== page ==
Seed Exchange 2015

Discussion in 'Gardening' started by ladygardeners, Jan 11, 2015.

  1. alldembirds

    alldembirds Chillin' With My Peeps

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    I guess there is a difference between me buying from the UK and them only coming from Canada to the US

    all agricultural products going over international borders are supposed to be inspected to prevent the transfer of diseases etc.. according to the letter I got last time

    I got the seeds on the second try ;)
     
  2. hennible

    hennible Overrun With Chickens

    Glad they came... Eventually
     
  3. Beer can

    Beer can Chicken Obsessed

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    Had blight here also a few years ago BAD! First time I ever saw it. I had tons of beautiful plants, as soon as the maters started the next day the plants were completely black! It might not be the best stuff but I've been using 'organic' Southern AG brand liquid copper fungicide.I haven't lost any to blight since. I lost the instructions on it so I have to look it up online but i think one pint of the concentrate makes fifty gallons. I got it from either home depot or lowes. I bought just a spray bottle at our local feed mill ready made but it doesn't go very far when you have a fifty foot row of tomatoes. The concentrate is only a couple dollars more. I usualy grow early girl but I'm switching to open pollinated seeds from 'Totally Tomatoes'. I like early tomatoes so I I ordered Alaskan Fancy determinate plums, and indeterminate Bloody Butcher, both 55days. I am planting them separately so I can save the seed.
     
  4. lazy gardener

    lazy gardener Flock Master

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    A good percentage of tomatoes in my state... if not all of New England were hit with early blight a couple of years ago, as were mine. The past few years, I've grown my tomatoes in my green house. Last summer, because of the intense heat, and the fact that the plastic on the green house was deteriorating and needing to be replaced, I cut it, creating a 24" high window effect that started about 3' off the ground. then, there were some tomatoes planted to the north of the green house, with pole beans to the north of them, so that crop was protected from breezes from 2 directions. No problems with blight either year. So, my conclusion is that if you provide a heavy mulch, and prevent breezes from blowing across your tomatoes, that will go a long way towards preventing blight. I'm also thinking that a foliar spray with compost tea would be beneficial. There are foliar sprays now which cost a pretty penny. They basically inoculate the leaf surface with beneficial organisms so the disease organisms can't get a foot hold.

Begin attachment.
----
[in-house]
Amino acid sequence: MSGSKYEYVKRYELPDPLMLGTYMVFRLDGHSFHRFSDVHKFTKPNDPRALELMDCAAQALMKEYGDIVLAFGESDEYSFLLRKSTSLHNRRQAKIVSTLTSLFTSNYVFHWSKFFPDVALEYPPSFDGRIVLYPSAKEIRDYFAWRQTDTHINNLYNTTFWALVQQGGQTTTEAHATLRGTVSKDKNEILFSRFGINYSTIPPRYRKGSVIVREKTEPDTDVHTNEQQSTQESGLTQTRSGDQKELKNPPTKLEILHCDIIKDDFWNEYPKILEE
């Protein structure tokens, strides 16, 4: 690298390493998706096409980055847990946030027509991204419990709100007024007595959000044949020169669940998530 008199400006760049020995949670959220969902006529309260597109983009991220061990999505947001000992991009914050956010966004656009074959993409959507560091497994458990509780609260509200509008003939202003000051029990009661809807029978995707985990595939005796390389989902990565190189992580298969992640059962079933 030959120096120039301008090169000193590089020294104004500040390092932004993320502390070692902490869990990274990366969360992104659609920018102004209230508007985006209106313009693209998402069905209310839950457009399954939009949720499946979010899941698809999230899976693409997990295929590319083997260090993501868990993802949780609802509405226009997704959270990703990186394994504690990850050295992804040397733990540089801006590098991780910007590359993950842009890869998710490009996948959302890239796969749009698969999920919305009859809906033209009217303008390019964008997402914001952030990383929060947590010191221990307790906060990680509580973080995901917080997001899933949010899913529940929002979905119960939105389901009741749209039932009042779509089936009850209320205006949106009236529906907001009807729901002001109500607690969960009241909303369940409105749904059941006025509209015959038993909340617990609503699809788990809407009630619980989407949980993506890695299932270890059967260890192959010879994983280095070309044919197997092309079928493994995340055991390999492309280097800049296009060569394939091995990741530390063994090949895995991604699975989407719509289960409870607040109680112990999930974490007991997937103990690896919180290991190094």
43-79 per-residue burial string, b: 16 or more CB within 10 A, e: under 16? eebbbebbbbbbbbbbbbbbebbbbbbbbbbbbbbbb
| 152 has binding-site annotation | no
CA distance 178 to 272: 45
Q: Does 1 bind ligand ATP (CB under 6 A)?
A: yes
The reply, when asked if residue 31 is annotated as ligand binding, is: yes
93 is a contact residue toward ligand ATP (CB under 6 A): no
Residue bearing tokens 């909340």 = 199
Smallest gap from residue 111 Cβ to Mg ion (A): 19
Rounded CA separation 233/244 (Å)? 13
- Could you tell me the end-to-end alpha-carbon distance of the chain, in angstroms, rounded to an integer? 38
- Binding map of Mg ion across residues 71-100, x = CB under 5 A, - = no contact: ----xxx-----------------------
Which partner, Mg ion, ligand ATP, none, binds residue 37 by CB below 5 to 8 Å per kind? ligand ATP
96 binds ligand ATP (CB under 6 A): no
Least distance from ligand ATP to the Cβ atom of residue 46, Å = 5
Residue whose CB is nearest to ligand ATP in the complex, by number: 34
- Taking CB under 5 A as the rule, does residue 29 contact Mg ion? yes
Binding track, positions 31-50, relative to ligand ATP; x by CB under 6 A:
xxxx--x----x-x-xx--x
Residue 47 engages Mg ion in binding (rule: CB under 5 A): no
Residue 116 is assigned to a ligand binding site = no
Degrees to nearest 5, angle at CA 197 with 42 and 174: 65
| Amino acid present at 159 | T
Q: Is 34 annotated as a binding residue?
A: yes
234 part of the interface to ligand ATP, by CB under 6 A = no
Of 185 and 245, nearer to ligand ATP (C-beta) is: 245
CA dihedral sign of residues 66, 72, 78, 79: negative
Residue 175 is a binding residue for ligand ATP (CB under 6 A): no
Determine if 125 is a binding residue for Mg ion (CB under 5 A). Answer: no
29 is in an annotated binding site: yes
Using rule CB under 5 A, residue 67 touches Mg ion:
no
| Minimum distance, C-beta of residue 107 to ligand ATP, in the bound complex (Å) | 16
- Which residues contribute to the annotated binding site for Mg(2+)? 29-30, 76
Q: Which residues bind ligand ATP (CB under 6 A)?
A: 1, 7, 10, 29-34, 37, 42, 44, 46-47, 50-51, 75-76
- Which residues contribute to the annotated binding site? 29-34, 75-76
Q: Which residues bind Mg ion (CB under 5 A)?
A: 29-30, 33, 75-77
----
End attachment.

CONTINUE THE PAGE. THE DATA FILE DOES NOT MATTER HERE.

1 person likes this.
  5. hennible

    hennible Overrun With Chickens

    The spray sounds like it could be replaced by leaf feeding with compost tea possible. I had a small amount of an orange blight on some of my tomatoes last year I just need to increase ventilation, but that's my experience. Also I do happen to leaf feed with compost or manure tea.
     
    Last edited: Jan 14, 2015
  6. chickadoodles

    chickadoodles Flock Master

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  7. chickadoodles

    chickadoodles Flock Master

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    Do you make the manure tea the same way you do the compost tea and what kind of manure do you use?
     
  8. hennible

    hennible Overrun With Chickens

    Yes, I personally use a mix of compost and green chicken manure and aged cow manure.
    I put it all in a burlap sack tired up and cover it with water and let it soak until it's stinky... The green chicken manure really gets things going quick.
     
  9. chickadoodles

    chickadoodles Flock Master

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    Thanks, I will have to try that. lol
     
  10. Free Feather

    Free Feather Chillin' With My Peeps

    I seriously got chickens just so I could make tea with their crap. Now that I have them I love them, but I laugh when I think back on my original motivation.
     
    1 person likes this.

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